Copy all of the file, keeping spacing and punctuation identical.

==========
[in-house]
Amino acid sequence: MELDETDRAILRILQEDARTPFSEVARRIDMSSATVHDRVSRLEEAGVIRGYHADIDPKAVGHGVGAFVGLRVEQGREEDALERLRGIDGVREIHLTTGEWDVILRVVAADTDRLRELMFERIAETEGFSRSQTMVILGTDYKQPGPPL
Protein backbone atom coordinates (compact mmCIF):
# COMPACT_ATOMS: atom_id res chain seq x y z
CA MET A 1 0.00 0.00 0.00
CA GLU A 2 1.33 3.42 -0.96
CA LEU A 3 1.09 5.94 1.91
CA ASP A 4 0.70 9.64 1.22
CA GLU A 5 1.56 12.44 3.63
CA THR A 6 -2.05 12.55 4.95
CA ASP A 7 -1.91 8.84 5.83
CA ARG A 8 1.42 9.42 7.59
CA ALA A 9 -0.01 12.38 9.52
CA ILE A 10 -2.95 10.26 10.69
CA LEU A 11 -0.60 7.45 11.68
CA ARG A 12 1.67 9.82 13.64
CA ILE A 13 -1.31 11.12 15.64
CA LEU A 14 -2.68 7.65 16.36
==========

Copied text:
[in-house]
Amino acid sequence: MELDETDRAILRILQEDARTPFSEVARRIDMSSATVHDRVSRLEEAGVIRGYHADIDPKAVGHGVGAFVGLRVEQGREEDALERLRGIDGVREIHLTTGEWDVILRVVAADTDRLRELMFERIAETEGFSRSQTMVILGTDYKQPGPPL
Protein backbone atom coordinates (compact mmCIF):
# COMPACT_ATOMS: atom_id res chain seq x y z
CA MET A 1 0.00 0.00 0.00
CA GLU A 2 1.33 3.42 -0.96
CA LEU A 3 1.09 5.94 1.91
CA ASP A 4 0.70 9.64 1.22
CA GLU A 5 1.56 12.44 3.63
CA THR A 6 -2.05 12.55 4.95
CA ASP A 7 -1.91 8.84 5.83
CA ARG A 8 1.42 9.42 7.59
CA ALA A 9 -0.01 12.38 9.52
CA ILE A 10 -2.95 10.26 10.69
CA LEU A 11 -0.60 7.45 11.68
CA ARG A 12 1.67 9.82 13.64
CA ILE A 13 -1.31 11.12 15.64
CA LEU A 14 -2.68 7.65 16.36